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Learned helplessness and self esteem

learned helplessness improve self esteem “I can’t do it.”

“I’m dumb, I’ll never be able to read.”

“I can’t be bothered, it’s too hard.”

“It’s too easy, I’m bored.”

Have you ever heard your child or student say something like this ? Everyone talks or thinks like this sometimes but if it happens a lot , it’s a real problem. It’s called learned helplessness.

What is learned helplessness?

Learned helplessness occurs when a student gives up trying as a result of consistent failure. It is a common response from students who feel helpless or unable to cope with learning expectations.

How it manifests and affects self-esteem

It’s easy to understand how students can learn this perception of helplessness: after trying many times to master a skill and failing, they feel like failure is inescapable. Self-esteem plummets.

It’s an attitude that manifests in different ways :

  • Negative self-talk when it comes to learning or reading
  • An assumption that they will never improve at certain skills—i.e. lacking a ‘growth mindset’
  • Displaying a negative view of changeable circumstances

Learned helplessness is damaging

If you don’t believe you can do something, you won’t bother trying; or maybe you will just make a half-hearted effort with the expectation of failure. This negative trait will affect everything in your life: academic performance, relationships, job performance and satisfaction. It’s also a common trait in the clinically depressed. Studies of the clinically depressed show that when they fail, they often just give up; rather than looking for external factors that could have contributed to the failure, depressed people usually blame themselves.

It’s not that learned helplessness equals depression; but certainly a person with that mindset would find depression—which afflicts a large section of the population—much harder to deal with. On the other hand, academic success is linked to positive thinking.

What can be done about learned helplessness?

While helplessness is learned, it can be un-learned. Here are some ideas about how to help your child or student:

  • Don’t use negative labels. Being called “slow,” “stupid,” “lazy,” or “dumb” is devastating for a learner. These sorts of words imply that their failure in one area means they are a failure as a person. This is completely untrue and can do permanent damage.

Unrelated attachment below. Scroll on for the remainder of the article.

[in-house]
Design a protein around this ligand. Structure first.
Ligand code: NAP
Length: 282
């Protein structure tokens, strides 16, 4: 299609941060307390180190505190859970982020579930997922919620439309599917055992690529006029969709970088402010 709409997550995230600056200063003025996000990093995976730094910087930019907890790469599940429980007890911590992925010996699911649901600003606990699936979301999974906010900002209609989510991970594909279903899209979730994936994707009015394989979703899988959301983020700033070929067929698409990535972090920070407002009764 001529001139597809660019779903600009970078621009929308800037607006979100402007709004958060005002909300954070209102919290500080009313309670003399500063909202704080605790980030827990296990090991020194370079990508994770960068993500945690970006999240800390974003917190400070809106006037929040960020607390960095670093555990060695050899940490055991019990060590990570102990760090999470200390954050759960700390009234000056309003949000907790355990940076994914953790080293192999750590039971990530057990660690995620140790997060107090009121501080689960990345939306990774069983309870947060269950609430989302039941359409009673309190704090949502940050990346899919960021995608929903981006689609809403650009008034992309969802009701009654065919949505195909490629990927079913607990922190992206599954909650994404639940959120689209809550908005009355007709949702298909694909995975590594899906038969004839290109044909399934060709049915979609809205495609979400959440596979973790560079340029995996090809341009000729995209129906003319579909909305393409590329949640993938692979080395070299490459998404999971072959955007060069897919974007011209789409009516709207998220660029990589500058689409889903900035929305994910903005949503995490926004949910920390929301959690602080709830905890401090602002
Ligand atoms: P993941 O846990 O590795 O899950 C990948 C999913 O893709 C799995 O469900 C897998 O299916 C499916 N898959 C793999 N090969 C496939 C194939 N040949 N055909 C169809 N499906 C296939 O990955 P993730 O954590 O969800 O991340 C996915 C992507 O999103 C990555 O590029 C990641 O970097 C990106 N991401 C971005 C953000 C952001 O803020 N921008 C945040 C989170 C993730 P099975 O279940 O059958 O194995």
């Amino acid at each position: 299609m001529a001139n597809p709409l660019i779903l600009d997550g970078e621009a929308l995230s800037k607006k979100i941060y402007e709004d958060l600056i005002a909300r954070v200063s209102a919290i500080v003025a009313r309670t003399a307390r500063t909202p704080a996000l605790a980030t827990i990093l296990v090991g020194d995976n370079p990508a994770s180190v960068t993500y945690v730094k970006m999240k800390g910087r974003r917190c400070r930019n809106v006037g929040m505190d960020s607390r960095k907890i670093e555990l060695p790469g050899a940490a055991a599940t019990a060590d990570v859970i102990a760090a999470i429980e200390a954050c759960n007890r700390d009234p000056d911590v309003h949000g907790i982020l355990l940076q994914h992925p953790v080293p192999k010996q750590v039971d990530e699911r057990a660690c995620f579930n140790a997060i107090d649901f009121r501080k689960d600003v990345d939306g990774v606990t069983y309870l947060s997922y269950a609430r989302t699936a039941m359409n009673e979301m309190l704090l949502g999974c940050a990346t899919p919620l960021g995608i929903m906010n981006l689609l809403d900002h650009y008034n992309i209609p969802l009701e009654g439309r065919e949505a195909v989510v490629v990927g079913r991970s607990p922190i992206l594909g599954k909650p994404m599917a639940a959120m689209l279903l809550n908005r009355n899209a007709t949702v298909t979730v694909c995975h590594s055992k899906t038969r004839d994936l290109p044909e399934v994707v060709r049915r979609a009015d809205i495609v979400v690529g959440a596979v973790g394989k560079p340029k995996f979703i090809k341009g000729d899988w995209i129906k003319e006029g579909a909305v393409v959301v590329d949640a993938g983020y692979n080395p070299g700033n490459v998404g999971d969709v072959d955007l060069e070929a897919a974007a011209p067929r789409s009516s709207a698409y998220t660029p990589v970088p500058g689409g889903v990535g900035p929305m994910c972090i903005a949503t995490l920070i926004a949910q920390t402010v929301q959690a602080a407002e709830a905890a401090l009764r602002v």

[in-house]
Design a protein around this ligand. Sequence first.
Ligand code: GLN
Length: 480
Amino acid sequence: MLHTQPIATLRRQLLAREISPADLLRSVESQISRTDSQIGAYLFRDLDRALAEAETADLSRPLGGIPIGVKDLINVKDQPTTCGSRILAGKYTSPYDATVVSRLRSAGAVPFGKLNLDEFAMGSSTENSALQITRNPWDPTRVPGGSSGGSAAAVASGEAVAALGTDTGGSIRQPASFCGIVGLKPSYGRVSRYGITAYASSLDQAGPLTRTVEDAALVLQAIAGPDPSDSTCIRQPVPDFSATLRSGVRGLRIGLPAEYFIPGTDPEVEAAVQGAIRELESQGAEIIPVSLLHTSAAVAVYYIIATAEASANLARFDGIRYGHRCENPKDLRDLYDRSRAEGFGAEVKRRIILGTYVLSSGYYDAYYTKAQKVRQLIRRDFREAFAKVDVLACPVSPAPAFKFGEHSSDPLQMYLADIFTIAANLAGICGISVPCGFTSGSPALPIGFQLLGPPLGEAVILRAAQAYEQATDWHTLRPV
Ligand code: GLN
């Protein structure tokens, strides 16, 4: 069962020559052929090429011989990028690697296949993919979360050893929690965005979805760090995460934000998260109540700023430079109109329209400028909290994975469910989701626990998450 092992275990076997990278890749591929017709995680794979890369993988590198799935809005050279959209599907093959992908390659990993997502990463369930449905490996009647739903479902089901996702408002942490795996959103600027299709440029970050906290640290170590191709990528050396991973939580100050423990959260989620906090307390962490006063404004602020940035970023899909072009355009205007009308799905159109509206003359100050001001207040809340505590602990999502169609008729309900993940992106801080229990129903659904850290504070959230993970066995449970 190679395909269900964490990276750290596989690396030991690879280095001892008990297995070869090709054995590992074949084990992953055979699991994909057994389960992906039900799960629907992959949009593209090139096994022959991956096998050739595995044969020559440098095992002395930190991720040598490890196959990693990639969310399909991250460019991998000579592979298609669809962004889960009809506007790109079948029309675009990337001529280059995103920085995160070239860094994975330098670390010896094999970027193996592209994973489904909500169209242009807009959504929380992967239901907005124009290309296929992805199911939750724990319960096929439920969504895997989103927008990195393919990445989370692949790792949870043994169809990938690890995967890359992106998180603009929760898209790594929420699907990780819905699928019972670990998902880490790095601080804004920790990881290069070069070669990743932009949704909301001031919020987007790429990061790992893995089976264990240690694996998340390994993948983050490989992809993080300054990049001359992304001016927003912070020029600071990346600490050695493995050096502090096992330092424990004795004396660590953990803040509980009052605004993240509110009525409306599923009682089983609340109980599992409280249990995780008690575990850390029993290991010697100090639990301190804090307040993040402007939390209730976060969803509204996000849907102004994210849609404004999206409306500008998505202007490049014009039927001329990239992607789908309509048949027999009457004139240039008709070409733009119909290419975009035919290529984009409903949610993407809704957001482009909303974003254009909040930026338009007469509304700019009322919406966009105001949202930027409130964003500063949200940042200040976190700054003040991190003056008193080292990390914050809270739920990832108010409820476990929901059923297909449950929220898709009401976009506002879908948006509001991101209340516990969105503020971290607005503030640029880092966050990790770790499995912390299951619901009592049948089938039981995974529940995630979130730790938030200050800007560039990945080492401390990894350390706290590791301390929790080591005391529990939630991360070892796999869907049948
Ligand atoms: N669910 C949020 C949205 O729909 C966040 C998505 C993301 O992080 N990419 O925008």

• Break larger goals into smaller sub-goals. When you are able to succeed at easy tasks, hard tasks feel more possible to accomplish. If your learner finds maths as a whole overwhelming, focus on a sub-goal such as fractions or percentages. Work on s maller, more achievable goals.
  • Be specific in your praise. Provide commendation that is specific and encourage a growth mindset when you praise. Rather than just saying, “Good on you!”, say “I like the way you kept working on that until you got it right!”
  • Remind them of your support. If you’re a parent, teacher or clinician, don’t forget to continually remind your student that you are their support hotline. Encourage them to ask constructive questions.
  • Have high, but realistic, expectations. Lowered expectations have a negative impact on how well children learn—and even how willing they are to try something. Set the bar realistically high to motivate them.
  • Don’t overprotect. Protect them from fear of failure, not failure itself. Experiencing failure and developing a positive attitude in the face of it is essential to developing a resilient personality. Otherwise, “Instead of learning that they can survive pain and disappointment, and even learn from it,” says the book Positive Discipline for Teenagers, “[such] children grow up extremely self-centered, convinced that the world and their parents owe them something.”
  • Give choices where possible.  This study showed that when people in various care facilities are given responsibilities and choices, they remain healthy and active. So by giving your child or student some choice in their learning—such as where they sit, what they get to eat during a break, or the choice of what TV they can watch as a reward—you increase their feeling of investment and engagement.
  • Encourage physical exercise.  Exercise has all kinds of mental benefits, including boosting motivation.

Don’t give up on learned helplessness

Don’t give up if it takes a while for these traits to diminish. As your child or student experiences the joy that comes from a growth mindset, they’ll flourish. However, changing ingrained thought patterns takes time; be patient. If you need help, don’t be afraid to seek professional advice. At Sonic Learning, we have over a decade of experience assisting children and students to overcome learning difficulties—don’t hesitate to contact our health professionals for a free consultation.

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